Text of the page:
Fall is officially here, and winter isn’t far behind. As the end to daylight saving time approaches and it begins to get darker and colder, it’s a good time to make sure you and your family are prepared for lower temperatures.

Start your winter prep by turning your clocks back for daylight saving time on Sunday, Nov. 6 – and test your smoke detectors, too.

"Smoke inhalation is actually the most common cause of death in house fires," said Ronald S. Strony, M.D., director of Emergency Medicine at Geisinger Wyoming Valley Medical Center in Wilkes-Barre. "If there’s a fire in your house, every second counts."

Three out of five home fire deaths occur because a smoke alarm doesn’t work, or isn’t present at all, according to the National Fire Protection Association.

Change the batteries in your smoke alarms and test them to make sure they work properly. If you don’t have a smoke detector on each floor of your home, now is the time to add one.

In addition to smoke detectors, you should have working carbon monoxide detectors in your home.

"It’s especially important to make sure carbon monoxide detectors are working because of the potential for carbon monoxide poisoning," said Dr. Strony. "Carbon monoxide is colorless and odorless, which means it can be difficult to tell if there’s a leak."

Carbon monoxide is a gas produced as a result of burning fuel — gas ovens, furnaces, space heaters, lanterns and wood-burning fireplaces all give off carbon monoxide.

Symptoms of carbon monoxide poisoning are dizziness, headache, fatigue, confusion, nausea and trouble breathing. If it goes untreated, carbon monoxide poisoning can cause brain damage or death.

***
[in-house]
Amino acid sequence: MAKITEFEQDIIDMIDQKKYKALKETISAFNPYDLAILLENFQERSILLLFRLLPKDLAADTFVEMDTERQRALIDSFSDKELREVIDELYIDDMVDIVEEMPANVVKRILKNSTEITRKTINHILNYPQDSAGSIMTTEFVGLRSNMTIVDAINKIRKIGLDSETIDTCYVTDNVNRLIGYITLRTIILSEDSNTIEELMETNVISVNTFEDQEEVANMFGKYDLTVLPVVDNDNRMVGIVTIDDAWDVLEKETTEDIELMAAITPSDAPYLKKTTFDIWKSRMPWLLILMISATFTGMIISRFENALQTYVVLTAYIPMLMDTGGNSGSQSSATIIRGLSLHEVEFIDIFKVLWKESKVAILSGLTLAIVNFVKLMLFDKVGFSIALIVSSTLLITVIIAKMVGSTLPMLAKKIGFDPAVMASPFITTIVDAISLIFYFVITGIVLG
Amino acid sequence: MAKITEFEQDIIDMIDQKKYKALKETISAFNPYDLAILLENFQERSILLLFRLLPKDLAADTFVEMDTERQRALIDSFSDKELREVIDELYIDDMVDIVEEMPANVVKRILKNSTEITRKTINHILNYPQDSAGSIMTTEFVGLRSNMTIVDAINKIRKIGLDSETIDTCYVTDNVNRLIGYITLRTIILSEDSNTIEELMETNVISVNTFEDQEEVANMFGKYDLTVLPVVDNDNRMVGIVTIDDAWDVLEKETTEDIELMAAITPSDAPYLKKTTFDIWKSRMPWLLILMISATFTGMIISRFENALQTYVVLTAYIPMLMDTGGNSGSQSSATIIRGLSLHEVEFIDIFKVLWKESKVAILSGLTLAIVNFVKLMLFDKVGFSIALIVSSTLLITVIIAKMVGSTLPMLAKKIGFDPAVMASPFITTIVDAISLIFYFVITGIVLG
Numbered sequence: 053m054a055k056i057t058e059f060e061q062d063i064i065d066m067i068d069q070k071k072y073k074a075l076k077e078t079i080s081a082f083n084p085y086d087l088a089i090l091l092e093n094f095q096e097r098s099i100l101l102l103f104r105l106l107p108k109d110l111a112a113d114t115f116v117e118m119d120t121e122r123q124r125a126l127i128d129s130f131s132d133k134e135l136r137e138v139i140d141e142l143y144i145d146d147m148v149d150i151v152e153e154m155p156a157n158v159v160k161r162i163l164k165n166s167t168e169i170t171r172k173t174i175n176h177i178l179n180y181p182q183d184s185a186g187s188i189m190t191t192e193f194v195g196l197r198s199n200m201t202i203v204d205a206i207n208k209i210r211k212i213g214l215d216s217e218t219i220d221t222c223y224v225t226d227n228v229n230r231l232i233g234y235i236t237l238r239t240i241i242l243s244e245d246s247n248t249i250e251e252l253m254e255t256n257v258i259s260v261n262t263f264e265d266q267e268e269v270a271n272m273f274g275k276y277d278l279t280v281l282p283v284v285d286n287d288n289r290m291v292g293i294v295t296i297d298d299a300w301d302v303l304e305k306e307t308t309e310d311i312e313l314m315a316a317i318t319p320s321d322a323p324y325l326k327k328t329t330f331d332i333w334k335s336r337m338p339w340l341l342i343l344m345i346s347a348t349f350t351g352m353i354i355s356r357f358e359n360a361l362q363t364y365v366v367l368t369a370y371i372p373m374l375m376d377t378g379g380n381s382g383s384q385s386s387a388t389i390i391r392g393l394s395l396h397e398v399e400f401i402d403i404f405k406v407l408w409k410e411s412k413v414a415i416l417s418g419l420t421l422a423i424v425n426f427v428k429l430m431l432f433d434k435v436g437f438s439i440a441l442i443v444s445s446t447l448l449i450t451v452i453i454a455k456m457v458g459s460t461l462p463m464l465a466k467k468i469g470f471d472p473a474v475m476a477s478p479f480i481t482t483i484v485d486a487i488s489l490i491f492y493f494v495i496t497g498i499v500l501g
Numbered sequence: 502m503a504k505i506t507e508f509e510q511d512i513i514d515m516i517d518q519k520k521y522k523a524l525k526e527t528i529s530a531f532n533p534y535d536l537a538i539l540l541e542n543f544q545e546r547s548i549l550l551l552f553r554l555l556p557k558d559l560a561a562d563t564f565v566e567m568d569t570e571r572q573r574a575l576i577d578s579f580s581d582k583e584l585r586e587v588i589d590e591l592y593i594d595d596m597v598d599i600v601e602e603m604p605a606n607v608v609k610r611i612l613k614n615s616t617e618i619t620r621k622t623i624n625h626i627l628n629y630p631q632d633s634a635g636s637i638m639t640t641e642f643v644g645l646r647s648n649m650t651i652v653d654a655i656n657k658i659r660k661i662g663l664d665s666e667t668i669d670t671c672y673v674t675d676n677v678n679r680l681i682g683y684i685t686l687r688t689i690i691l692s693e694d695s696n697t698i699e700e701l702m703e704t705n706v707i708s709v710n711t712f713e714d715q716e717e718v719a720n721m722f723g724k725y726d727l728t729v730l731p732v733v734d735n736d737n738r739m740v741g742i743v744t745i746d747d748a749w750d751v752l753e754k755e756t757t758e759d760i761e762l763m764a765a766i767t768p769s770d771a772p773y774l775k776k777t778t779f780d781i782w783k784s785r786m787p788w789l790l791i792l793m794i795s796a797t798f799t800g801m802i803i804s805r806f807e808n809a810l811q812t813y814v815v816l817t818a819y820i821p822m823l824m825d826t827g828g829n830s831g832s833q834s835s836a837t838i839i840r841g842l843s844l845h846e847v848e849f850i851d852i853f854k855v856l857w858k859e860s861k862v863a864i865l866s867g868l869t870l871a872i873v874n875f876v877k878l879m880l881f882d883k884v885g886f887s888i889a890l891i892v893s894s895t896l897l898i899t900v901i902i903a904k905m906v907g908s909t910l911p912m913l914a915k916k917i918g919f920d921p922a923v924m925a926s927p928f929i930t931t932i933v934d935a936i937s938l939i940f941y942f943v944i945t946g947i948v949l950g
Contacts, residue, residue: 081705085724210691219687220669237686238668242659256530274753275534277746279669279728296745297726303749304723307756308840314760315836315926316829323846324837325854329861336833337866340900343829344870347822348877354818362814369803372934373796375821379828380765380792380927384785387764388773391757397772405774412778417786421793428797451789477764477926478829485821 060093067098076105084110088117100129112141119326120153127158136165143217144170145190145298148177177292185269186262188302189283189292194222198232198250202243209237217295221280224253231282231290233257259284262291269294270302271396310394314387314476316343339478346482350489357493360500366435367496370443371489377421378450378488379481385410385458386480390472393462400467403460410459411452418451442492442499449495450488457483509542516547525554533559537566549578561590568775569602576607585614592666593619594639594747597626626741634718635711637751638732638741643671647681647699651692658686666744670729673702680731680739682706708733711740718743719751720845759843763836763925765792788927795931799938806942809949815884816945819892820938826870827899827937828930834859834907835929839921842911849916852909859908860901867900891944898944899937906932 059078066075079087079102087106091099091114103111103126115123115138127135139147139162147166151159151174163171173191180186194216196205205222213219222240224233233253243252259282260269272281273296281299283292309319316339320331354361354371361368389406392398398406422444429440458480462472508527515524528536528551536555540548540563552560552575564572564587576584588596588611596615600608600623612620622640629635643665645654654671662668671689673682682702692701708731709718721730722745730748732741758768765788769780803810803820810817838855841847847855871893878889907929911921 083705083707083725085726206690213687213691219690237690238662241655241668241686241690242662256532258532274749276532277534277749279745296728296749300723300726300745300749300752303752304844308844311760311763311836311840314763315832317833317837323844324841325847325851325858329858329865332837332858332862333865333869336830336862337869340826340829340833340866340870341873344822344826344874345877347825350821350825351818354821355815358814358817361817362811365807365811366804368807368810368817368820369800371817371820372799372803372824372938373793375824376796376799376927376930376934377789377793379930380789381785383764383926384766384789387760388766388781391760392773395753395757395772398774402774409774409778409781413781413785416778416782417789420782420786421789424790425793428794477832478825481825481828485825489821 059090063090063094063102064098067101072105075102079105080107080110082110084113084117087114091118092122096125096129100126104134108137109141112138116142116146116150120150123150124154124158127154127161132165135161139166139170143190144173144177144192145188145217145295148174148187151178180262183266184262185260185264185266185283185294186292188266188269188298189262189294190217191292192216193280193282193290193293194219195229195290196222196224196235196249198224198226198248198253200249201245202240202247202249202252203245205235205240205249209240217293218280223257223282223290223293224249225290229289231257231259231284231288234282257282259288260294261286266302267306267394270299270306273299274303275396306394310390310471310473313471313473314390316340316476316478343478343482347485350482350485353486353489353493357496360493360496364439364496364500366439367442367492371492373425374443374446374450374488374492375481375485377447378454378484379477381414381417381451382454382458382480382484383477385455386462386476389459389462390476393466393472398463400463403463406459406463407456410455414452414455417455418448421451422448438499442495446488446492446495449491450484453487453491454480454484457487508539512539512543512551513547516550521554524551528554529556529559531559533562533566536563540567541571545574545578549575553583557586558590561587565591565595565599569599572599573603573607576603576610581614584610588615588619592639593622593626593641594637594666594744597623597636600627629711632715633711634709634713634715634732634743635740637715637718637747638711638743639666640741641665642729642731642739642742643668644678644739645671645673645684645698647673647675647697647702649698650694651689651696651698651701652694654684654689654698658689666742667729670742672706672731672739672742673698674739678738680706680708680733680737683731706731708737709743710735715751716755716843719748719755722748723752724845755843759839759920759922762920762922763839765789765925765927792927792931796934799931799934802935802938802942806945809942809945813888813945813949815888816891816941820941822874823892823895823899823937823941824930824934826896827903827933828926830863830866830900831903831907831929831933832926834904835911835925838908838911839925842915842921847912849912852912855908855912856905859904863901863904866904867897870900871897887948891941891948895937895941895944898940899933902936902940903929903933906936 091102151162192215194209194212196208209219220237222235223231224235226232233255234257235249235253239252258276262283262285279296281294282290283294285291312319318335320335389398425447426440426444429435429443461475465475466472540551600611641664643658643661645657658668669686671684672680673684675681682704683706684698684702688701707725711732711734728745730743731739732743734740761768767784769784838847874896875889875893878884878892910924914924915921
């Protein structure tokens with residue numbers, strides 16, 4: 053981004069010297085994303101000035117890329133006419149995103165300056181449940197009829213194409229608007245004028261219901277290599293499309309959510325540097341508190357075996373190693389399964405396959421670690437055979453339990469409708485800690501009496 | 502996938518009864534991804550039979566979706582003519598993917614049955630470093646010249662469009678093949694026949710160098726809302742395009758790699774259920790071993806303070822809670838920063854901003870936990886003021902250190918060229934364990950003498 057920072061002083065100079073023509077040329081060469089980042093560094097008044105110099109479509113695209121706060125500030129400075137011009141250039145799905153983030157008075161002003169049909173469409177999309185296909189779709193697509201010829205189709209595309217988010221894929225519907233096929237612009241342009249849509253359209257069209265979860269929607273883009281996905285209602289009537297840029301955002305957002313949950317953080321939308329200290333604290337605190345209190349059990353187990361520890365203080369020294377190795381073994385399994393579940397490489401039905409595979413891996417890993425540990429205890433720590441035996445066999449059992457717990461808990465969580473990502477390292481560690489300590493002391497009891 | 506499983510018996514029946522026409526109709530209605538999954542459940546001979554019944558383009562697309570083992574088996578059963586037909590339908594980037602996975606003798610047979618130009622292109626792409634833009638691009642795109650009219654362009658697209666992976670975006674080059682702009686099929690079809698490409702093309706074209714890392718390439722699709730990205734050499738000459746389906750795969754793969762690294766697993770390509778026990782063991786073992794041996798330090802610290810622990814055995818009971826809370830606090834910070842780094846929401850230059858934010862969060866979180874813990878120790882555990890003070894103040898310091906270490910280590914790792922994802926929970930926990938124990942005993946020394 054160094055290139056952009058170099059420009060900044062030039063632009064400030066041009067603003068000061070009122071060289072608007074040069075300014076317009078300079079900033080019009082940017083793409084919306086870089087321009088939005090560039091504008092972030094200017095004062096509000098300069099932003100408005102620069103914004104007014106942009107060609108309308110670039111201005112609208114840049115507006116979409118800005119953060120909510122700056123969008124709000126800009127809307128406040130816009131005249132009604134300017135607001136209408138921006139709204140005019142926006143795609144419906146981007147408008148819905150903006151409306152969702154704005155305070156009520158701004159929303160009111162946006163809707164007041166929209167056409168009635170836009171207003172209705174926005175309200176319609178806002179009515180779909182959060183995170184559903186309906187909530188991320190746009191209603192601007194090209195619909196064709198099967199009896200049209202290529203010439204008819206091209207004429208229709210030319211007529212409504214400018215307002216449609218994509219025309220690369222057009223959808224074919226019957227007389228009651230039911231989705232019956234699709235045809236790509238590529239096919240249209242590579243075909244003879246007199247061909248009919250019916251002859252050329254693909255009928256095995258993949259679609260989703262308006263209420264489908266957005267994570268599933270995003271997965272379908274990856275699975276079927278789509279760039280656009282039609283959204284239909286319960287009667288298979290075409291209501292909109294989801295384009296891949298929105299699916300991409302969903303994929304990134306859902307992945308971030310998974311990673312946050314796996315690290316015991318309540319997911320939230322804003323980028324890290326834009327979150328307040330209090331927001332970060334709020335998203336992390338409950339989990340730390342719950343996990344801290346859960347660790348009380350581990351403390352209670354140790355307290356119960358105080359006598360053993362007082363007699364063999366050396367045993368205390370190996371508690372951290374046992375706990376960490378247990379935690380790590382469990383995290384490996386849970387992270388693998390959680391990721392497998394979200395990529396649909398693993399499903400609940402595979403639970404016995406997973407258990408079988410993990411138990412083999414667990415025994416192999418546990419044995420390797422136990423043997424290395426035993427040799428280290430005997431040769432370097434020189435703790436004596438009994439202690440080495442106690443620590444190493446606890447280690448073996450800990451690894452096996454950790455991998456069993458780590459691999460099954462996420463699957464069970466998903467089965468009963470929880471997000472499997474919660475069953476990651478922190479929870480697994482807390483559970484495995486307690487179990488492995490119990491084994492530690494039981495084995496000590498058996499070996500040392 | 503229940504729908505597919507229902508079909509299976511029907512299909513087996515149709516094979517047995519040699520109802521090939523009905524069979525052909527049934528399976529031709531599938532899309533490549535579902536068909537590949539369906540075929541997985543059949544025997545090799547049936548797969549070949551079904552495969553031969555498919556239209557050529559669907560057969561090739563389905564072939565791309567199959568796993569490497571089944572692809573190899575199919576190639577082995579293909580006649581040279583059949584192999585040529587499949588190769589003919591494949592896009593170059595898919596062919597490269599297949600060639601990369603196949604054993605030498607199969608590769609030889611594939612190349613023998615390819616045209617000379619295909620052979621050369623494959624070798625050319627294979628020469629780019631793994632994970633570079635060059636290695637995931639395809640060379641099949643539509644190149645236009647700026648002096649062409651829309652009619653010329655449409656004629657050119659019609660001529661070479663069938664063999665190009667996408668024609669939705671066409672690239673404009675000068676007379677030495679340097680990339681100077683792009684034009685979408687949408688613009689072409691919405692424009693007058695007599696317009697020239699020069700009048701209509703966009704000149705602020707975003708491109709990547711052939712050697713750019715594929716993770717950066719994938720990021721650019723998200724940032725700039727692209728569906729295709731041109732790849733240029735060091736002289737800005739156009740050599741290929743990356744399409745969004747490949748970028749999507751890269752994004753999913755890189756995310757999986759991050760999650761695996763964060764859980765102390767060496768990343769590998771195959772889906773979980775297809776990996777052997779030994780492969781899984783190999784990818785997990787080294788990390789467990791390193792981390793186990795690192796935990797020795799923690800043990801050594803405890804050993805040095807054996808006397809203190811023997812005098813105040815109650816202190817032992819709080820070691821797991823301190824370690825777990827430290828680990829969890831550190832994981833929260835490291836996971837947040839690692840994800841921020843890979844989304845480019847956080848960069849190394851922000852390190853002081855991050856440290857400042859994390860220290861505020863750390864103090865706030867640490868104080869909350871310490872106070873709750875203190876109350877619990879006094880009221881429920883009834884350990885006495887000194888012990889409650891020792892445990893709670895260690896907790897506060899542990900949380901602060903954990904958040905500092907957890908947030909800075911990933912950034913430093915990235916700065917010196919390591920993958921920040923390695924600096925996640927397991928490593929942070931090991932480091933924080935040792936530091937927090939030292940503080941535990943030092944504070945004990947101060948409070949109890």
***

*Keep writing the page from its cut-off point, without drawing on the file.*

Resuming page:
"The symptoms are similar to the flu; however, if you feel them only when you’re in your home, it may be carbon monoxide poisoning," said Dr. Strony. If you suspect you or a loved one has carbon monoxide poisoning, seek medical care immediately.

To prevent carbon monoxide leaks from starting in the first place, be sure your fireplace and furnace are also ready for the winter. Have them cleaned and inspected by a professional before using them this season.

Using a space heater or fireplace can help you stay warm this winter, but they come with their own fire hazards. If you’re going to use a kerosene space heater, make sure the room is well ventilated. Both gas and electric space heaters should be kept at least 3 feet from blankets, curtains and anything that could catch on fire.

And while sleeping with a space heater on or a fire burning might keep you warm throughout the night, they poses a serious fire risk.

Always turn off space heaters before going to bed, and make sure the fire in your fireplace has been completely extinguished.